Friday, May 28, 2010

Charleston HDJ Review - Hog and Dog

Located in the former home of Tudor's Biscuit World on Bigley Avenue, this brand new HDJ has dared to set up shop 100 yards from a Charleston institution; Chris' Hot Dogs. Not that Chris' has no competitors close by, (The Grille, three doors west of Chris' and Freeman's Restaurant which is across the street and a few doors west), but to open up a place that is all about hot dogs and BBQ - two mainstays of Chris' - is suicide. Unless of course, your product is good enough to lure customers away.With that belief in mind, I walked into Hog and Dog expecting a really good hot dog.

I didn't get it.

This dog is weak all around. The weenie was grilled so much that it had a tough skin on the outside that was difficult to break with incisors alone. The bun was mediocre, the chili was tasteless. The slaw had chunks of green peppers in it.

Out the abundance of fairness and with deference to the newness of the place, I'm gonna give Hog and Dog a 2.5 Weenie score.

I know that there are people that have fallen out of love with Chris' who will probably try Hog and Dog, but I can't imagine that they can honestly prefer this weak effort to the classic that is served just a few steps away.

I will also point out that the menu and atmosphere leads me to think that Hog and Dog are somehow related to these two places - both of which served a better dog than this one.

Wednesday, May 26, 2010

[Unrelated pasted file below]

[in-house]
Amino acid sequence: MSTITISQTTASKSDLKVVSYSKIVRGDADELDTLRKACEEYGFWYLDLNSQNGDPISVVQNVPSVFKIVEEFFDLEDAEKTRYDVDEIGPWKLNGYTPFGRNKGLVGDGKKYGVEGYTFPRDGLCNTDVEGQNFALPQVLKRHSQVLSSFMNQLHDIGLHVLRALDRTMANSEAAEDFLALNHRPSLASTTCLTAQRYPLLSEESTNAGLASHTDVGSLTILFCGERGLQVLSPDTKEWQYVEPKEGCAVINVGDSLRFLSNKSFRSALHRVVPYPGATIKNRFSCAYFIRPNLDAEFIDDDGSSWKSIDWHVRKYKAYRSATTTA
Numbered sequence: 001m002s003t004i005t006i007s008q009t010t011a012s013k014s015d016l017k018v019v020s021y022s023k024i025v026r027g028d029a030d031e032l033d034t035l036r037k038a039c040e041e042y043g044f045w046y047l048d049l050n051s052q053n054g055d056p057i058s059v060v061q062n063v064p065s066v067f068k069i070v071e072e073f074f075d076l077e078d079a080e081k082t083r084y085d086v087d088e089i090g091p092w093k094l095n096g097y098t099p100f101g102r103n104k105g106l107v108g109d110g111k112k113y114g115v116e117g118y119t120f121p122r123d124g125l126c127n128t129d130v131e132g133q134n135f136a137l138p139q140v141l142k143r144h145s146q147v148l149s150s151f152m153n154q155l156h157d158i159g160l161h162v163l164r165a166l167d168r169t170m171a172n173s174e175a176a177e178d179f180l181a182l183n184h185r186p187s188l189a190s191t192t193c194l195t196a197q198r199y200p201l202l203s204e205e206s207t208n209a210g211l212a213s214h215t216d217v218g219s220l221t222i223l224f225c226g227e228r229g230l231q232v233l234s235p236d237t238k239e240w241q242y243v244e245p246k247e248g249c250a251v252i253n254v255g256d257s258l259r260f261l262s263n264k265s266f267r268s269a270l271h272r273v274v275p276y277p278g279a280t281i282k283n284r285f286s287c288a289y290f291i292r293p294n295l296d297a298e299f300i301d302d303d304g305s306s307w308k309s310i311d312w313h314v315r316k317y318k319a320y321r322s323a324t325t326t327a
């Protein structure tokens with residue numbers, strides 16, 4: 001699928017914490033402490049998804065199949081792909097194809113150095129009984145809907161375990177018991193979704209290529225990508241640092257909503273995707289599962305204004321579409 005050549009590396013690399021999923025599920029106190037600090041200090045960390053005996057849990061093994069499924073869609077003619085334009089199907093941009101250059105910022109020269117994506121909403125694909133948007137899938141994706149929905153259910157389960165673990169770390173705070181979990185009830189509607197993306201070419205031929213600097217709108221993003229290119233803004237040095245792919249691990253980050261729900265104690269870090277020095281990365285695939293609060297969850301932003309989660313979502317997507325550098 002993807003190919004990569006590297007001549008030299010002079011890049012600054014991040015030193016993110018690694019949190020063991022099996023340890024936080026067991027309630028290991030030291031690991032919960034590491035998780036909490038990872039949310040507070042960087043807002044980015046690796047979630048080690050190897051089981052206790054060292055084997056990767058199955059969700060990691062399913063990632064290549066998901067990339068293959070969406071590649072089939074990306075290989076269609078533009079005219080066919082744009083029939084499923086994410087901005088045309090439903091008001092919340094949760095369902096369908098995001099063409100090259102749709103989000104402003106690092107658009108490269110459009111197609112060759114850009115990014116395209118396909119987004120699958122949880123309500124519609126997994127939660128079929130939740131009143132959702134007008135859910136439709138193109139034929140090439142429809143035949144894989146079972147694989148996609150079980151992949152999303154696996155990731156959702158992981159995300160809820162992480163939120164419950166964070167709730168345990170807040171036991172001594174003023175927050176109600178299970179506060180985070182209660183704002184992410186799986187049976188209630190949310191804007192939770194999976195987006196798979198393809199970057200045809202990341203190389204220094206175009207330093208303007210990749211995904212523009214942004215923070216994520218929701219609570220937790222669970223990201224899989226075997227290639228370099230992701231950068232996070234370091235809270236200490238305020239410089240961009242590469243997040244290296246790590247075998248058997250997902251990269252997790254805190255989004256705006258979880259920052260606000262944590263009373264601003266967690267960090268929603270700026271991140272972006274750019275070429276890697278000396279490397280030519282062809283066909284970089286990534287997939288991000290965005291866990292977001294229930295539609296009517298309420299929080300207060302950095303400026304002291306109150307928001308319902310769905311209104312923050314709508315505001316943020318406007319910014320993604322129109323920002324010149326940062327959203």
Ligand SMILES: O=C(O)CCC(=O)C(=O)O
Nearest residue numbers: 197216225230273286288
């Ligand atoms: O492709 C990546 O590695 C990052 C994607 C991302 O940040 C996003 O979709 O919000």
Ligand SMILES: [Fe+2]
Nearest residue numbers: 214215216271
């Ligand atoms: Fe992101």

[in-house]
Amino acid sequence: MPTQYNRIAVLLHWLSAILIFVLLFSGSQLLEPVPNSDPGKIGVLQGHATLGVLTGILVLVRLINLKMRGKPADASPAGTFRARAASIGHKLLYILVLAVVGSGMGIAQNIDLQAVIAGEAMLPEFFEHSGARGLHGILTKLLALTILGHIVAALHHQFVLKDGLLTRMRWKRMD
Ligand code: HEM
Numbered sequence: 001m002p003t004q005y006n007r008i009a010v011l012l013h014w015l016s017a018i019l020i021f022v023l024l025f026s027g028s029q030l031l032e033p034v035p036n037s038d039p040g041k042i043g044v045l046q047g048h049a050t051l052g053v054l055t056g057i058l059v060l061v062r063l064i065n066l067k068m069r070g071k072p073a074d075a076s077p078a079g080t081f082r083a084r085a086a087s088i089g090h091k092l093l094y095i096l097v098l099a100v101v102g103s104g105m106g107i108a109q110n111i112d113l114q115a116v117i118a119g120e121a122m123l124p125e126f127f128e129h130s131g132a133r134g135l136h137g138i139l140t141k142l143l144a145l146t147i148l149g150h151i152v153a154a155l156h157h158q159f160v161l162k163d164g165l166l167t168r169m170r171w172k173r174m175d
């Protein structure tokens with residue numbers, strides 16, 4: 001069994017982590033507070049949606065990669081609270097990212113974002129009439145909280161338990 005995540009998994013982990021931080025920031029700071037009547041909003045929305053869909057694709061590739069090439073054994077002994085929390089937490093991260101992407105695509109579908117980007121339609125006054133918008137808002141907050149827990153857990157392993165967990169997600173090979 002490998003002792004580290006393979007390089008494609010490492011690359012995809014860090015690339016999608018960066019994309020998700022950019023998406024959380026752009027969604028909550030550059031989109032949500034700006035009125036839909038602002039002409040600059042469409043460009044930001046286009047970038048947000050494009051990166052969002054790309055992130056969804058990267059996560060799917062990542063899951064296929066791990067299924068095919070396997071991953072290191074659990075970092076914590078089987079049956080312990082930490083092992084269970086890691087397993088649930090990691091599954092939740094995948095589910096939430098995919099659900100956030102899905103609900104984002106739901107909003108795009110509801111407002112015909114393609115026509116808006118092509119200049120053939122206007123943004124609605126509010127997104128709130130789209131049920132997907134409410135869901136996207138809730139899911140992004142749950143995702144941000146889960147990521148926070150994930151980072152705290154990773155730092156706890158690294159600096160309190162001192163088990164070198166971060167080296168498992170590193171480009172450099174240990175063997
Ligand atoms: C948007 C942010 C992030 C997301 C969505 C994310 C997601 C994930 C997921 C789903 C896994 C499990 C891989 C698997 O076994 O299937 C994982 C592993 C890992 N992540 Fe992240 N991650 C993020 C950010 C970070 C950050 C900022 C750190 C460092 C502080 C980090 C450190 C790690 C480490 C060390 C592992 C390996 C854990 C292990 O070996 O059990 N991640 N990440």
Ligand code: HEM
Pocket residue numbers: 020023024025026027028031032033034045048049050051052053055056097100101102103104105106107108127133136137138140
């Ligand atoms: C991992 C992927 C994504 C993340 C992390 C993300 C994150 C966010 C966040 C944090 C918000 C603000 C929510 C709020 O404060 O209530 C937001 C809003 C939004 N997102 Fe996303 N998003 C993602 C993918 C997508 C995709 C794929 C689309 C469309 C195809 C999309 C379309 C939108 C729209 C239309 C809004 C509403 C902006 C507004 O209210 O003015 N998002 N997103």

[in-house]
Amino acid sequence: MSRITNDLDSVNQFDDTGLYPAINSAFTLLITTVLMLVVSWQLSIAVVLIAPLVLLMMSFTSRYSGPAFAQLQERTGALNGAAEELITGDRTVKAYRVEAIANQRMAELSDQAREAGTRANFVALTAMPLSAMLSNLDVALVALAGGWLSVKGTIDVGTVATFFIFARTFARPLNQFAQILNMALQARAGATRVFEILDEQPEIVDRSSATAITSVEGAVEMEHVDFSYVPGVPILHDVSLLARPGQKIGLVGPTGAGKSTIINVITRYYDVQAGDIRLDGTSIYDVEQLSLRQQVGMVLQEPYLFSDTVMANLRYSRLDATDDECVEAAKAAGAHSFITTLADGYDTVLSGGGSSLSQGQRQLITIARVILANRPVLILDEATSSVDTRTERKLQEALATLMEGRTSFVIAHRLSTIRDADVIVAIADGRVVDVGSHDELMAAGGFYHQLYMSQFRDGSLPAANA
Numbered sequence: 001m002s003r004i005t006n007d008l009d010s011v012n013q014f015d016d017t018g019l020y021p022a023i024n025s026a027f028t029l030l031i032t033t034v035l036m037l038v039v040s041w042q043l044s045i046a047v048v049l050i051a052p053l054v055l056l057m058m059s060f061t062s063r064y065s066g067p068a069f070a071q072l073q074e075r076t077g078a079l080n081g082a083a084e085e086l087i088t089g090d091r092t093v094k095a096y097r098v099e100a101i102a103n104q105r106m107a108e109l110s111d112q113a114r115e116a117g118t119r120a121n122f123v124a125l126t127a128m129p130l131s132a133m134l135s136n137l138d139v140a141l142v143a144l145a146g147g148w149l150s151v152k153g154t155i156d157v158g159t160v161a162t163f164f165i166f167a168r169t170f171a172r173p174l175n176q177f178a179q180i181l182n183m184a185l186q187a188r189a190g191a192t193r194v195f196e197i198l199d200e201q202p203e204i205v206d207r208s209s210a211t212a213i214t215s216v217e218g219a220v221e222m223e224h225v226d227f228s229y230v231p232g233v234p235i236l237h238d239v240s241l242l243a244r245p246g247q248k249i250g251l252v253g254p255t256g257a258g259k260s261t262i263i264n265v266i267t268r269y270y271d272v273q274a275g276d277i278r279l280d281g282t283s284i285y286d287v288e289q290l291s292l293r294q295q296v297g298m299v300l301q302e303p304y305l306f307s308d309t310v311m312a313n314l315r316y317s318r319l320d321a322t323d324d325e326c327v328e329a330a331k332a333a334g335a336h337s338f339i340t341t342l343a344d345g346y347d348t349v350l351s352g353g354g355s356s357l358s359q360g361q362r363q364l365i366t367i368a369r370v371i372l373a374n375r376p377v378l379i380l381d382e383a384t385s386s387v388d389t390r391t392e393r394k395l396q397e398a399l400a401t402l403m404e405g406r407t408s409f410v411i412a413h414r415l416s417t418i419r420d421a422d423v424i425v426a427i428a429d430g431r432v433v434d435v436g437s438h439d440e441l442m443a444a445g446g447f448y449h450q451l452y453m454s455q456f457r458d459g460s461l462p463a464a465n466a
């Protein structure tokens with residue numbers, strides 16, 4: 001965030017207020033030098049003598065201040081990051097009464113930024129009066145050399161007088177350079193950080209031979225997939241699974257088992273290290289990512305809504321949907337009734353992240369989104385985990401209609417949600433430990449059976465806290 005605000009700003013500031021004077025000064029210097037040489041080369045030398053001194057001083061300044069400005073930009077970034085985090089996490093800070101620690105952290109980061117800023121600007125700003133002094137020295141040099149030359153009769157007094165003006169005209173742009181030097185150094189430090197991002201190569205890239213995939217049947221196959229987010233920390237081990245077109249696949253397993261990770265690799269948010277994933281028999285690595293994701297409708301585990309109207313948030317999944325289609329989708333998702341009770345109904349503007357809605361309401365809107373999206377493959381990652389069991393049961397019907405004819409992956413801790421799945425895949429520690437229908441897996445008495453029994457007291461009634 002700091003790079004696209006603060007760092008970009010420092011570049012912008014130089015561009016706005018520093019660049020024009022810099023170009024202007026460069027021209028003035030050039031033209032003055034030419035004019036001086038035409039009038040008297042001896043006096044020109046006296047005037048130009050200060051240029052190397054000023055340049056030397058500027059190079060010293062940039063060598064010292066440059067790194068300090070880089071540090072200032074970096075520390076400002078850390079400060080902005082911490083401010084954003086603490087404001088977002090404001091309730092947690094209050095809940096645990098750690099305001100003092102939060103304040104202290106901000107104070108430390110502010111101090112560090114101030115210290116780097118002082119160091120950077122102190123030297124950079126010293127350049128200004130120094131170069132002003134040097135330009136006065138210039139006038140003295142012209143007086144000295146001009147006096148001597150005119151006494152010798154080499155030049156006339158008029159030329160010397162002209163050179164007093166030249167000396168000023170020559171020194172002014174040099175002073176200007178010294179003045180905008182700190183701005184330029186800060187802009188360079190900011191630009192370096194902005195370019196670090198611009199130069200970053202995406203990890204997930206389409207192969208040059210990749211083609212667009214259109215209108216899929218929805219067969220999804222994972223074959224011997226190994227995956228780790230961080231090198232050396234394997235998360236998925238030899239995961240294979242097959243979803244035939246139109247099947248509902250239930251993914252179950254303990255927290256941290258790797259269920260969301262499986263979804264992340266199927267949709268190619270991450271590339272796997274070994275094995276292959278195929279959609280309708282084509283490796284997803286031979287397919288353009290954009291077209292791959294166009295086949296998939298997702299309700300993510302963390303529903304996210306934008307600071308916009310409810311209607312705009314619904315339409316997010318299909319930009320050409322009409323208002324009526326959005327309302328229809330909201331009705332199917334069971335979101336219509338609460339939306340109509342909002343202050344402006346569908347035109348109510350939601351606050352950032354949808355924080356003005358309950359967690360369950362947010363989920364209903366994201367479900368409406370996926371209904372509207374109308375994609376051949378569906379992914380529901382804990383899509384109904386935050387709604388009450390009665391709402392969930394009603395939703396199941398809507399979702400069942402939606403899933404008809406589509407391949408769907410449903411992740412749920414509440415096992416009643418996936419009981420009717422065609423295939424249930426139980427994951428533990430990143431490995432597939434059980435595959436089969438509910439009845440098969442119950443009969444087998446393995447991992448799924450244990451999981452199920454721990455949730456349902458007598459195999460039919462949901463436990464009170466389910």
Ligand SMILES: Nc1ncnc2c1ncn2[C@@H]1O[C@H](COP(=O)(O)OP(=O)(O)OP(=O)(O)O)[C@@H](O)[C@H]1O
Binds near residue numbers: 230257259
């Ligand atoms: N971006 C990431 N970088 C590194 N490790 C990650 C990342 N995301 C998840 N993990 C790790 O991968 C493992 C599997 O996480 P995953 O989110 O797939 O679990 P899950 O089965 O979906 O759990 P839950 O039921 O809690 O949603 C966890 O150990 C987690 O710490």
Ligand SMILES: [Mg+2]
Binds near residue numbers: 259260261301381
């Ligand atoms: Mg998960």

Charleston HDJ Review - Wellington's Cafe

Folks in the Charleston area will remember the name "Wellington's" as being synonymous with fine dining for over twenty years. Located inside Scarlet Oaks Country Club in Poca, this was a fancy eatin' place if ever there was one and the owners also had a great catering business. With the economy making it hard for restaurants lately, Wellington's decided to close their restaurant and focus only on catering; or so we thought.

Now, far from Poca in the Meadowbrook section of Charleston, we find Wellington's Cafe. Open for lunch Monday-Friday, this place isn't fancy and has a radically different menu than the old place had. But they do have one important addition to their menu: hot dogs.

When I saw hot dogs on the menu, I was both hopeful and cautious: Hopeful because Wellington's - as already mentioned - is known for excellent food, but cautious because - let's be honest - what would a real chef know about WVHDs?

When I ordered my hot dog I found another reason to be both hopeful and cautious: "everything" does not include ketchup - but it also doesn't include mustard. I asked for one with everything plus mustard.

When I got my hot dog, it looked a little suspect. Served unwrapped in a basket, it was laying kind of flat with its toppings just kind of piled on the spread open bun. When I picked up the hot dog its heft was impressive and I was confused by the softness of the bun and it's toasted appearance. After a closer inspection I found that the bun had been grilled - not like the typical NES bun, but it had been spread open and grilled face down. This gave it a remarkable texture and added some nice flavor while still maintaining the integrity of a real WVHD soft bun.

Other than the piled up appearance, the hot dog looked good. The slaw was a beautiful color and texture and the chili looked dark and meaty.

It took approximately one bite to realize that Wellington's knows hot dogs.

The beauty of the chili and slaw is much more than skin deep, and the two go perfectly together. Actually, this slaw is one of those rare kinds that seemingly would go well with anything. A slight hint of dill was buried in its sweetness and it had a tarty finish. The chili was just plain good. Not terribly spicy but very complex and perfect texture.

All in all a surprising place to find a 5 Weenie hot dog. I am very glad I found it. You can find it on Greenbrier Street just past Capitol Flea Market.